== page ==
I don’t know if, had I gone, David Fanshawe would have made a big impression on me. The music was I think fun enough, a bit like the instrumental ‘Zambezi’ probably would have been my honest reaction back then. What I remember was the internal conflict about the talk. In the mid 80s I decided I would go with my dad to the ETH in Zürich to witness a talk by an English physicist with amyotrophic lateral sclerosis. The fairly unknown Stephen Hawking made a reasonable impression on me with his pre-Brief History talk for science novices, so maybe I learned from my mistake, or maybe they balanced each other out. I think now, whenever an opportunity comes up to try something new, I do try to grasp it with both hands and enjoy the experience.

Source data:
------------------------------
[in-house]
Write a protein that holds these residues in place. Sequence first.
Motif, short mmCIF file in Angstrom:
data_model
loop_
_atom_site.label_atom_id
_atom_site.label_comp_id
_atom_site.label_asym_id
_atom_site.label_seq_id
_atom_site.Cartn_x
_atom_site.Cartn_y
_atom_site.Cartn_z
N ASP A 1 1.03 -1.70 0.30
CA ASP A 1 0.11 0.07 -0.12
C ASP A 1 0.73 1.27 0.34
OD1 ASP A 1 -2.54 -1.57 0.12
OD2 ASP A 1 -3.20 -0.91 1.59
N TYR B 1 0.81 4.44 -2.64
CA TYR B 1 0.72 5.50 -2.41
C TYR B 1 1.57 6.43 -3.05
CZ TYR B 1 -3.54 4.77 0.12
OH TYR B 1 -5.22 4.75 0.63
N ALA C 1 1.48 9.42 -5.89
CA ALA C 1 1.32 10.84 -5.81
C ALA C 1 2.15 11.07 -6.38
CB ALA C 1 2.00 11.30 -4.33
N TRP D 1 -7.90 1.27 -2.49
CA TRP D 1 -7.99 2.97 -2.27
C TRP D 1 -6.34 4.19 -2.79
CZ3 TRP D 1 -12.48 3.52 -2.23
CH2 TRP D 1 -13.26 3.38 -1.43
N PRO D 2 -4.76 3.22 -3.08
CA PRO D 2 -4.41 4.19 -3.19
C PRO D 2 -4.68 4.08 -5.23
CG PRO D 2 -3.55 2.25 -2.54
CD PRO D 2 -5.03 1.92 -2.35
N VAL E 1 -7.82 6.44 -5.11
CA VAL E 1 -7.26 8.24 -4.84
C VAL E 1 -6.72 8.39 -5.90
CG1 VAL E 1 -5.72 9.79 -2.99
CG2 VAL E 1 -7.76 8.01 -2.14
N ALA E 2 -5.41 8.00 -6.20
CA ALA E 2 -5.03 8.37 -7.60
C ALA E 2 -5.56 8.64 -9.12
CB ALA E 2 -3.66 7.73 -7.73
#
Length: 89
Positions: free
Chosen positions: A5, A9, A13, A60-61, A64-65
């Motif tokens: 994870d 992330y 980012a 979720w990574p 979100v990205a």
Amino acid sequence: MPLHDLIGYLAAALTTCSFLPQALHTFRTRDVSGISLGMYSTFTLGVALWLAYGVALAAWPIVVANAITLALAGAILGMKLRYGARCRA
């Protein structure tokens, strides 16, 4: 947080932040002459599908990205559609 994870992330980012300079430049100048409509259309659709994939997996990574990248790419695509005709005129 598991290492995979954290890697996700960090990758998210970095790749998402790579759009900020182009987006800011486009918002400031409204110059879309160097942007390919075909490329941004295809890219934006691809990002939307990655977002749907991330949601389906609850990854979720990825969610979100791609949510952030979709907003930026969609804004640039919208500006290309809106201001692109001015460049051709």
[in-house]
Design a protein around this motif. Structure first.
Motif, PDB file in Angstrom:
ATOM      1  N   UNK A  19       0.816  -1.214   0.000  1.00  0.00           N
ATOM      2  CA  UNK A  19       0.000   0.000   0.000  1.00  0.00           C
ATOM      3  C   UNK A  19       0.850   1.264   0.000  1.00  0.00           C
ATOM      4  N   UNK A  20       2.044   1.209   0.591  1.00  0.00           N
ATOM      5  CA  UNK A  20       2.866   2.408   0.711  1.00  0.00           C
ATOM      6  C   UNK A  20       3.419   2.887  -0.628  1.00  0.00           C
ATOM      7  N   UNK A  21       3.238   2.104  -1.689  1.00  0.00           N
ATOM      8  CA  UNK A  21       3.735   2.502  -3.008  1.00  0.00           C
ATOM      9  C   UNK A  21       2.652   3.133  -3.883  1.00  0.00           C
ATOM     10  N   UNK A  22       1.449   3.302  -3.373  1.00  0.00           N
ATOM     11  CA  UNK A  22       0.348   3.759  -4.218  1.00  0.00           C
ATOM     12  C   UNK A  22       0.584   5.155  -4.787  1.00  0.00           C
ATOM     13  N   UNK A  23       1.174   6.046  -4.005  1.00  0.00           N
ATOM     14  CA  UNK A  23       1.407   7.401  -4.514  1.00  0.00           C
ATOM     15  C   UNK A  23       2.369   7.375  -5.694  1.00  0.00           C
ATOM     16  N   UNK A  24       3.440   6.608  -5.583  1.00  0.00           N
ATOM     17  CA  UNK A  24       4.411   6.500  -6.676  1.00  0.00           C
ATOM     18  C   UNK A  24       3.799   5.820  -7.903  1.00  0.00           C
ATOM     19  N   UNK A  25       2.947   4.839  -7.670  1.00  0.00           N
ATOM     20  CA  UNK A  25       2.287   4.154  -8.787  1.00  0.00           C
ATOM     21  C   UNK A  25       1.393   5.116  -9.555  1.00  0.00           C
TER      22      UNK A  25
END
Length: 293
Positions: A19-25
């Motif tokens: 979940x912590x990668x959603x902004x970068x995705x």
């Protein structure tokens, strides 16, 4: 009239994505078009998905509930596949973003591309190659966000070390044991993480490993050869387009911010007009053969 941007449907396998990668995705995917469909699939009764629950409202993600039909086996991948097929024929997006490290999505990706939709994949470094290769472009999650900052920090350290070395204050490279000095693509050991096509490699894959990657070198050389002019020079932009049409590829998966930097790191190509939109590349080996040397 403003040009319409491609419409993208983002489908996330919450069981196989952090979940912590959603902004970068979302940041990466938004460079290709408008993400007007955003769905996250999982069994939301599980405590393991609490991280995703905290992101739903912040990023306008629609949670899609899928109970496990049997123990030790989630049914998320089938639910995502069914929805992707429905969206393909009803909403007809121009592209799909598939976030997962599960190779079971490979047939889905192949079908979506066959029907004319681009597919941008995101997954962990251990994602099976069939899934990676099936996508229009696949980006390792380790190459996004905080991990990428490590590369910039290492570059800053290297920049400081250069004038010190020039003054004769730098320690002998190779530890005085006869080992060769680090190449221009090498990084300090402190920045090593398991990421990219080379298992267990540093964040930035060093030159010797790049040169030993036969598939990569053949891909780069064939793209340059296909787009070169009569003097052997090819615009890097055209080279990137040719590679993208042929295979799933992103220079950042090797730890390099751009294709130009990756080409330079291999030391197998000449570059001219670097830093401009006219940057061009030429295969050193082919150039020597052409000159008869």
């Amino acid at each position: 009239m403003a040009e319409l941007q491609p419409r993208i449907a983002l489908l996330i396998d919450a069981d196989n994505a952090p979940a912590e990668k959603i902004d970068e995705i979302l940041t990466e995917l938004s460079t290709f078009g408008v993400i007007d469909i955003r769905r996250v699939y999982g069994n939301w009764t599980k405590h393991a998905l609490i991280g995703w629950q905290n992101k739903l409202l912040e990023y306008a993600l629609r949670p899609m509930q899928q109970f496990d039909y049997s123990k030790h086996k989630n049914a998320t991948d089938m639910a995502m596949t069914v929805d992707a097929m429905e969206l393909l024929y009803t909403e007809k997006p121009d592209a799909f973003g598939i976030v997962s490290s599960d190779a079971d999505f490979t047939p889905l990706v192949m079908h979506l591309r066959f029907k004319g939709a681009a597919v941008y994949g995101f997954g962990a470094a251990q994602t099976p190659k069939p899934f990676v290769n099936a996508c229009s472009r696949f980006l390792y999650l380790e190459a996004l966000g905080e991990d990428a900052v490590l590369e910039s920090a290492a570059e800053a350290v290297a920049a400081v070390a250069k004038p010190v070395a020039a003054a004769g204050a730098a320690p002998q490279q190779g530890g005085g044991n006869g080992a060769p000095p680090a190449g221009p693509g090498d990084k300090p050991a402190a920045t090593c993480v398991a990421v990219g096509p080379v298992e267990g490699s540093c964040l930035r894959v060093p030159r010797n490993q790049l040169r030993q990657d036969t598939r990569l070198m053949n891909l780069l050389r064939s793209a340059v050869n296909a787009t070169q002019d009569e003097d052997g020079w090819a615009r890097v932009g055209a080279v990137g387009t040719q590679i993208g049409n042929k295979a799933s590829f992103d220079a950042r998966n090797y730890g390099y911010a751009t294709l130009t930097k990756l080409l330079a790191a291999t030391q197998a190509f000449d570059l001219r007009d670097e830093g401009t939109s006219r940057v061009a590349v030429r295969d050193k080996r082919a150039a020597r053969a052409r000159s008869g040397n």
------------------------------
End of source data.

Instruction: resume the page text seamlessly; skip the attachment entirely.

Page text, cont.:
As to this song, it is magical in the way it glides from muezzin’s call to choir’s song, then meanders between the two, no false notes between the two, before fading.


Write Here, Write Now: 10.14 – Friends

Led Zeppelin – Friends. “looking for what I knew

The third Led Zep album. I remember one of the sisters of my friend had this LP, complete with the rotating volvelle. It was intriguing as it seemed less straight ahead rock, and more pastoral/acoustic in the overall style.

There comes a point in trying to remember a friendship that was some 40 years in the past, however pivotal, that the striking memories and the broader recollection of character, the emotional associations, the environmental context have been described and I find myself wondering if that was all there is is left of the 5-10 years we knew each other – flickering mental images? Not even conversations, but vague ideas of what he brought out in me, filtered through and shaded by so many encounters since those days.